A new report reveals that Group of 20 countries continue to offer enormous financial support for fossil fuel production and consumption, having provided more than $3.3 trillion in fossil fuel subsidies since the Paris climate agreement was signed in 2015.
The report, published by BloombergNEF and Bloomberg Philanthropies, consists of three main components where immediate action is required to limit global temperature rise to 1.5 degrees Celsius: ending fossil fuel subsidies, putting a price on carbon emissions and requiring companies to disclose the risks posed by climate change to their businesses.
According to the report's authors, this support for coal, oil and gas is "reckless" in the face of the increasing climate disaster, and urgent action is required to phase it out. According to the analysis, the sum could have been used to build solar facilities equivalent to three times the size of the U.S. electrical grid.
The G-20 countries are responsible for roughly three-quarters of global carbon emissions, which cause global warming.
The report says all 19 G-20 member countries - the EU bloc being the 20th - continue to give considerable financial support for fossil fuel, with subsidies declining by 2% every year from 2015 to 2019, reaching $636 billion in 2019, according to the most recent data available.
However, Australia raised its fossil fuel subsidies by 48% during this time period, while Canada increased its support by 40% and the U.S. increased its support by 37%. The U.K.'s subsidies fell by 18% throughout that time but remained at $17 billion in 2019.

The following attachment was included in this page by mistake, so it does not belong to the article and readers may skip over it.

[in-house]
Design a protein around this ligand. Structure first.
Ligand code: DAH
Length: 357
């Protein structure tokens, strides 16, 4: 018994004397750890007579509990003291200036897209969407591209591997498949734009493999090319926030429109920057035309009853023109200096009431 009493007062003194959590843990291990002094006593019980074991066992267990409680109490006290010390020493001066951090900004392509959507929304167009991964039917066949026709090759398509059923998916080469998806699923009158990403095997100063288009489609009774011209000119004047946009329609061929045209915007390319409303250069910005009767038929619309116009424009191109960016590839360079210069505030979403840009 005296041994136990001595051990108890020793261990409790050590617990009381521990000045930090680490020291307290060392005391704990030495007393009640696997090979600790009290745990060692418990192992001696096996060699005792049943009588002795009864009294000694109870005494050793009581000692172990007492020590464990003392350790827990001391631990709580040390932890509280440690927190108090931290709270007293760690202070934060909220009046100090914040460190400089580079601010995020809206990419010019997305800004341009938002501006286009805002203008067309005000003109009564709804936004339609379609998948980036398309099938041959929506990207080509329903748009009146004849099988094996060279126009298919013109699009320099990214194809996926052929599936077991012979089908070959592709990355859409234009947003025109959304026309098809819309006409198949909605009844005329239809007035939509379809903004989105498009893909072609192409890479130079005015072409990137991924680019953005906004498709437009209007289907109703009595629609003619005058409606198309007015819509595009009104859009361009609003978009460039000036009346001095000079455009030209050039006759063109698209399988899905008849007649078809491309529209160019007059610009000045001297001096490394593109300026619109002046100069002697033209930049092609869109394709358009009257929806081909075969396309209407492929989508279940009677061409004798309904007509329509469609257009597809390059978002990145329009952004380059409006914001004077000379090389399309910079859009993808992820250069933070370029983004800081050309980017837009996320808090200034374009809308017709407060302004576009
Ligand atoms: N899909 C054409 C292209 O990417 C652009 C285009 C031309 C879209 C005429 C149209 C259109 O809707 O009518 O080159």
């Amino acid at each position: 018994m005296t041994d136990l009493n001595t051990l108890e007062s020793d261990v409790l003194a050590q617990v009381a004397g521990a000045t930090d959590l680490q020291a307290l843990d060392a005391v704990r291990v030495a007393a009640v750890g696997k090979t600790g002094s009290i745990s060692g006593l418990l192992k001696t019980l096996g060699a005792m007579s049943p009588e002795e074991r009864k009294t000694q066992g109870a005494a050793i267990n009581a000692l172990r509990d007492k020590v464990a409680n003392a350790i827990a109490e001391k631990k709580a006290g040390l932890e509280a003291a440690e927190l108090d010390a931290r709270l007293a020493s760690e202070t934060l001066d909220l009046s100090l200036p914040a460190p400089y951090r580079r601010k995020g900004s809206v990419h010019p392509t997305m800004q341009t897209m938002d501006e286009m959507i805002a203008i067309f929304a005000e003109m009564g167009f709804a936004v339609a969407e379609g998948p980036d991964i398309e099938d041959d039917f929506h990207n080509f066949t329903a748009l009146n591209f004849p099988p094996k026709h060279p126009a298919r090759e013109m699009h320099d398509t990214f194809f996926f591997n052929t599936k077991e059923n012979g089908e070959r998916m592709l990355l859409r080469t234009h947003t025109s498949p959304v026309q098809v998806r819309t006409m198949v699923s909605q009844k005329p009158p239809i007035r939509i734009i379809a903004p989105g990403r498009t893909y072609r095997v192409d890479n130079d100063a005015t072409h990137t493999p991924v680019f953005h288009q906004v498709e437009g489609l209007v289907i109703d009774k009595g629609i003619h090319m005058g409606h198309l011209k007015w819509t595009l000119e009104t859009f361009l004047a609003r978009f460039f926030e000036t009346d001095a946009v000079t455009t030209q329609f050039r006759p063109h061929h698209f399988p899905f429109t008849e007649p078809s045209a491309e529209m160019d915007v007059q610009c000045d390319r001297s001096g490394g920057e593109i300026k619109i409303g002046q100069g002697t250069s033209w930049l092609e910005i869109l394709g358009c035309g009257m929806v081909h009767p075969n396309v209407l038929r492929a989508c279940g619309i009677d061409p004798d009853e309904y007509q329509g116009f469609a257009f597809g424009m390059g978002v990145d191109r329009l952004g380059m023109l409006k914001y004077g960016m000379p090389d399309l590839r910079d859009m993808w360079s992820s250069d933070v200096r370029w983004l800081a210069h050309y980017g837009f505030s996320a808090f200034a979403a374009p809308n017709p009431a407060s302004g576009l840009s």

China, Saudi Arabia, Russia and India supplied the most subsidies, accounting for over half of all subsidies.
Before a meeting of G-20 energy and climate ministers in Italy Friday, the United Nations special climate envoy, Michael Bloomberg, founder of Bloomberg Philanthropies, and the U.N.-backed Net-Zero Asset Owner Alliance, which represents more than $6.6 trillion in investments, implored governments to act.
The G-20 agreed in 2009 to phase out "inefficient" fossil fuel subsidies but did not define inefficient and little progress had been made.
"New [commitments] and net-zero targets from some G-20 countries are warmly welcome," said Günther Thallinger, the chairperson of the alliance.
"However, pledges and targets alone will not be sufficient to change course."